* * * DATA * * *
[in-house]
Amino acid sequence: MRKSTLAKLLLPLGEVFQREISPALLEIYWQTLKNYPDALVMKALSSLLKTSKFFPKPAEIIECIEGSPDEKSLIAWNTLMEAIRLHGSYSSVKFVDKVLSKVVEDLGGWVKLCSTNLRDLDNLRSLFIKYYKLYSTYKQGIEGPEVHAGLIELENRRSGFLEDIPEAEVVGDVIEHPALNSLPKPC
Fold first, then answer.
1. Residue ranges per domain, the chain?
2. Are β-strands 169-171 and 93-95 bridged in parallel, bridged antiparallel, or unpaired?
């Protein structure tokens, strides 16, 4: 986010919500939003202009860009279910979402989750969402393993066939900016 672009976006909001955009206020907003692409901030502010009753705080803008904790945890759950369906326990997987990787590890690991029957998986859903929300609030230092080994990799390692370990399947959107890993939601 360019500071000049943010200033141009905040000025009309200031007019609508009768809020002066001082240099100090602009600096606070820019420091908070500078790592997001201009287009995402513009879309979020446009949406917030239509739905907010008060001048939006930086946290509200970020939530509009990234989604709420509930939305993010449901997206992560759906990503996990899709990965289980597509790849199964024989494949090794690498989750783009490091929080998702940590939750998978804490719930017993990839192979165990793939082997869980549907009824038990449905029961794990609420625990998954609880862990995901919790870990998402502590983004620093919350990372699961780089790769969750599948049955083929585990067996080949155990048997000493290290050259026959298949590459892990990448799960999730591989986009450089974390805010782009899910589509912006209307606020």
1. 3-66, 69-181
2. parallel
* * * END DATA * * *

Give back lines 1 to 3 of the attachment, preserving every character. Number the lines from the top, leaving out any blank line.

[in-house]
Amino acid sequence: MRKSTLAKLLLPLGEVFQREISPALLEIYWQTLKNYPDALVMKALSSLLKTSKFFPKPAEIIECIEGSPDEKSLIAWNTLMEAIRLHGSYSSVKFVDKVLSKVVEDLGGWVKLCSTNLRDLDNLRSLFIKYYKLYSTYKQGIEGPEVHAGLIELENRRSGFLEDIPEAEVVGDVIEHPALNSLPKPC
Fold first, then answer.